Why more homeowners are investing in their biggest asset


Home renovation activity and spending has reached the highest rates reported in New Zealand since 2019, a Houzz survey finds

Nearly half of homeowners renovated their homes in 2021 (48 percent), up from 41 percent in 2020. Following the 13 percent growth in median spend last year, homeowners report an additional 31 percent jump in median renovation spend at $23,500. Homeowners with higher budget projects (the top 10 percent of spend) invested up to $140,000 in 2021.

Home renovation activity continues into 2022, with nearly half of homeowners planning to renovate (46 percent) and nearly two-fifths planning to decorate (38 percent) this year. Homeowners report a planned median renovation spend at $17,500 for 2022.

Interestingly for the first time since 2019, homeowners with higher-budget renovations (the top 10 percent of spend) planned spend has increased to $89,000 for 2022 versus $73,500, a 21 percent jump.

“Homeowners are clearly committed to investing in their homes despite heightened product and material costs driven by supply chain disruptions, and are exploring diverse funding sources,” says Houzz Australia & New Zealand Managing Director, Tony Been.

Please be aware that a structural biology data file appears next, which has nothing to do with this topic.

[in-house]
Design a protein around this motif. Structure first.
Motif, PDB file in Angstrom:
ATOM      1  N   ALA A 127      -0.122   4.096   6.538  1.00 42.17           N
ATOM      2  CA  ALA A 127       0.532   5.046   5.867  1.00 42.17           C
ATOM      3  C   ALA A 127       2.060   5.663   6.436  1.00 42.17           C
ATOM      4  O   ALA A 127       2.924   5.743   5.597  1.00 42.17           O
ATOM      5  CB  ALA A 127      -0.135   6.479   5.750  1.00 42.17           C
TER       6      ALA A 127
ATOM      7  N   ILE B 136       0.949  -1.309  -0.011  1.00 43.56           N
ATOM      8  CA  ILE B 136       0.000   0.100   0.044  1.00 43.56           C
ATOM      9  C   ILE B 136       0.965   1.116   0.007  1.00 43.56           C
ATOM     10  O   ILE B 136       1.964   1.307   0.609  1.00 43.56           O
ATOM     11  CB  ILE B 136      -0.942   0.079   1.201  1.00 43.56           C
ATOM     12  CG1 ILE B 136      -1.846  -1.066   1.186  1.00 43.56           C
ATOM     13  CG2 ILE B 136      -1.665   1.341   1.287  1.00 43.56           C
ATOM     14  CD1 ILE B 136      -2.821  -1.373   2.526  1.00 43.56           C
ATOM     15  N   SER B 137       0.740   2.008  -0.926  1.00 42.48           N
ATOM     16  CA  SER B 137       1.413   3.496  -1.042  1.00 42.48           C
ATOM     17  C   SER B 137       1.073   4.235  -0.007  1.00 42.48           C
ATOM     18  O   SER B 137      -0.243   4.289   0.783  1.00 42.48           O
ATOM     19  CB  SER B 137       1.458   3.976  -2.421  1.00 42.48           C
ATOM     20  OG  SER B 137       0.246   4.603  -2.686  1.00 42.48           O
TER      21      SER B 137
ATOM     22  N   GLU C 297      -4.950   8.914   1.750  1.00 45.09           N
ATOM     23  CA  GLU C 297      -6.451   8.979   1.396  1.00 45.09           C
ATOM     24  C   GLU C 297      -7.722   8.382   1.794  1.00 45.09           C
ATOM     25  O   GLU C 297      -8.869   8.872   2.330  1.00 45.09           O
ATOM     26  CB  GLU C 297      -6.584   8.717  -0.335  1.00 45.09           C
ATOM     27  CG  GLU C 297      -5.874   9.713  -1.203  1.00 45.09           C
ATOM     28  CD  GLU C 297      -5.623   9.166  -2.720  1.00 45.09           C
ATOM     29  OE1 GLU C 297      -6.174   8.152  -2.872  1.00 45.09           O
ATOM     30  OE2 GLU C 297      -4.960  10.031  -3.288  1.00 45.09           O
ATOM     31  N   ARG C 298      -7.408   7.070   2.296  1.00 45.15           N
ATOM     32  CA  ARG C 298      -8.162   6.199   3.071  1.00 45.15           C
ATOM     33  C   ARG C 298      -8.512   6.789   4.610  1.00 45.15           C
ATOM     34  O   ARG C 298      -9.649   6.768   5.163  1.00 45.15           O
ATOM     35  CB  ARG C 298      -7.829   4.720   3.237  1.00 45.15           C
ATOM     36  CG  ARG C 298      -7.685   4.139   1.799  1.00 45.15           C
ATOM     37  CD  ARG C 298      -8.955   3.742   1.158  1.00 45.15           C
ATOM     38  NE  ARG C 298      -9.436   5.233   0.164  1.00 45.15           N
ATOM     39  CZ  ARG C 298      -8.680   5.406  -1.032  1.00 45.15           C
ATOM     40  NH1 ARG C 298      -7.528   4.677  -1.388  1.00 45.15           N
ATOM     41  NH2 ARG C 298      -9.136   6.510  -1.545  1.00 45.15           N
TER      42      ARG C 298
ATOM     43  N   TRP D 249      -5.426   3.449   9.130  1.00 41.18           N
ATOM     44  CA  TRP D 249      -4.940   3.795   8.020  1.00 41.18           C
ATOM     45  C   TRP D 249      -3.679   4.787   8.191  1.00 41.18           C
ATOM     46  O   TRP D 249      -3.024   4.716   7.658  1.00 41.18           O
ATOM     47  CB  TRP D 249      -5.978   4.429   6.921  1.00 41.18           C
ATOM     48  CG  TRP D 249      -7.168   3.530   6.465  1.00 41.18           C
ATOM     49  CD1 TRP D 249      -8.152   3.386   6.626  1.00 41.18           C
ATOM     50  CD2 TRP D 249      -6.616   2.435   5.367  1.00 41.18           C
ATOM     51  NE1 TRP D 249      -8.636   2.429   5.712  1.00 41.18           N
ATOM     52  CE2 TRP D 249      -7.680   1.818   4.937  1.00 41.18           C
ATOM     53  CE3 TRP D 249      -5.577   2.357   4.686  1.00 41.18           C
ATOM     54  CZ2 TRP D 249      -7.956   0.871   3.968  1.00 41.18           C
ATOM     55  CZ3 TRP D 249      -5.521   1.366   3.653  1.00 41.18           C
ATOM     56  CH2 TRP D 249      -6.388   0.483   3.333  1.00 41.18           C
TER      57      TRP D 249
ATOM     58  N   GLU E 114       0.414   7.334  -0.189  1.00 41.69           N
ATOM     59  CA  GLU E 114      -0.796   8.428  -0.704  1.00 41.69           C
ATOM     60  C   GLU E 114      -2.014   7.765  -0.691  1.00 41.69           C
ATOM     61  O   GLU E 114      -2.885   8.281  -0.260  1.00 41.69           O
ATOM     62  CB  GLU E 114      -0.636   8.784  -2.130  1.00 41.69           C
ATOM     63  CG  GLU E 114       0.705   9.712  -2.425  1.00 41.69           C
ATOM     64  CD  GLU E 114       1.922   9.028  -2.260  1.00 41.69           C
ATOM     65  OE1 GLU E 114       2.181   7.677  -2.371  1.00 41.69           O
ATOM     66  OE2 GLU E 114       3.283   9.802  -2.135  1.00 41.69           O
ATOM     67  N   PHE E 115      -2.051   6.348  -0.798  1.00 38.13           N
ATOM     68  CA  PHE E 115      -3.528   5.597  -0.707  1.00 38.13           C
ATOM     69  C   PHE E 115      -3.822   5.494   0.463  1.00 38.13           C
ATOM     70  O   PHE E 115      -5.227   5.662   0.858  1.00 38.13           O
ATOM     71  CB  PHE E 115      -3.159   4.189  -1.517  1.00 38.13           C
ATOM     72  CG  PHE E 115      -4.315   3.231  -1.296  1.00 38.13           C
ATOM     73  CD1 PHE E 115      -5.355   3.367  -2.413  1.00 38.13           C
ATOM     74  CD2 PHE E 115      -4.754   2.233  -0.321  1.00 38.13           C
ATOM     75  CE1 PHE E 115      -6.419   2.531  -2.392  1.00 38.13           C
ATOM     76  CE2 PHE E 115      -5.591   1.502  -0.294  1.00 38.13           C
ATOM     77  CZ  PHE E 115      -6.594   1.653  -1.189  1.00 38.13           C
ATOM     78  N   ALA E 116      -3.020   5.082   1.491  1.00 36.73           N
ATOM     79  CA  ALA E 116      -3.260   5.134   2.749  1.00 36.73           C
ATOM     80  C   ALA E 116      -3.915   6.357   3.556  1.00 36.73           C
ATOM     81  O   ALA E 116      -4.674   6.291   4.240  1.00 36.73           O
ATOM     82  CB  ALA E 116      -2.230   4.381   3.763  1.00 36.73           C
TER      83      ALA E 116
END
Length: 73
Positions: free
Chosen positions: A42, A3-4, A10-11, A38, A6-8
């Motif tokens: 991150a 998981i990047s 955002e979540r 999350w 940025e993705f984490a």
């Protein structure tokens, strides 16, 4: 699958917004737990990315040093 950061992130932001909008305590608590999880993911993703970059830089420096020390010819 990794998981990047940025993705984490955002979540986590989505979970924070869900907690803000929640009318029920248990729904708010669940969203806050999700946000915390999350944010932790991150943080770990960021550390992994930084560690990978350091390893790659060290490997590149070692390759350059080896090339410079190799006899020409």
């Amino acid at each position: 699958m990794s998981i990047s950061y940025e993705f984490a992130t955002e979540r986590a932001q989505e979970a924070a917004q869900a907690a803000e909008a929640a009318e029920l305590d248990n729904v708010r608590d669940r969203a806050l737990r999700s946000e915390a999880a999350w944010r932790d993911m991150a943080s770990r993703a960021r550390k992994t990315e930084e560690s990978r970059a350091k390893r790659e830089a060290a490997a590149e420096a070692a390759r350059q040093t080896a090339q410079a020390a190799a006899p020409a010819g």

Cash from savings remains the most significant source for funding renovation projects (81 percent), however, homeowners financing renovation projects with credit cards that can be used anywhere gained three percentage points (16 percent). More than one in ten homeowners funded their renovation projects through cash from a previous sale or refinancing in 2021 (13 percent and 12 percent respectively).

Demand for home professionals

More than four in five homeowners sought help from professionals for their renovations in 2021 (83 percent).

Homeowners relied most heavily on the expertise of specialty service providers such as electricians (53 percent) and plumbers (45 percent) for their projects.

That said, builders (30 percent) were the most hired professionals in construction and design-related services.

Interestingly, tile and stone professionals saw a significant 12 percent jump in 2021 compared with 2020 (25 percent and 13 percent, respectively).

Switching up interiors 

Investments in interior rooms remained the priority for seven in ten renovating homeowners in 2021 (71 percent).

Kitchens are both the most popular interior room to be upgraded and the room that commanded the highest spend at $30,000. Kitchens saw an increase in spend of 50 percent compared with 2020 ($20,000).

Interior rooms that saw the most dramatic increase in popularity from the previous year included primary bathrooms (23 percent), living/family room (22 percent) and dining rooms (19 percent).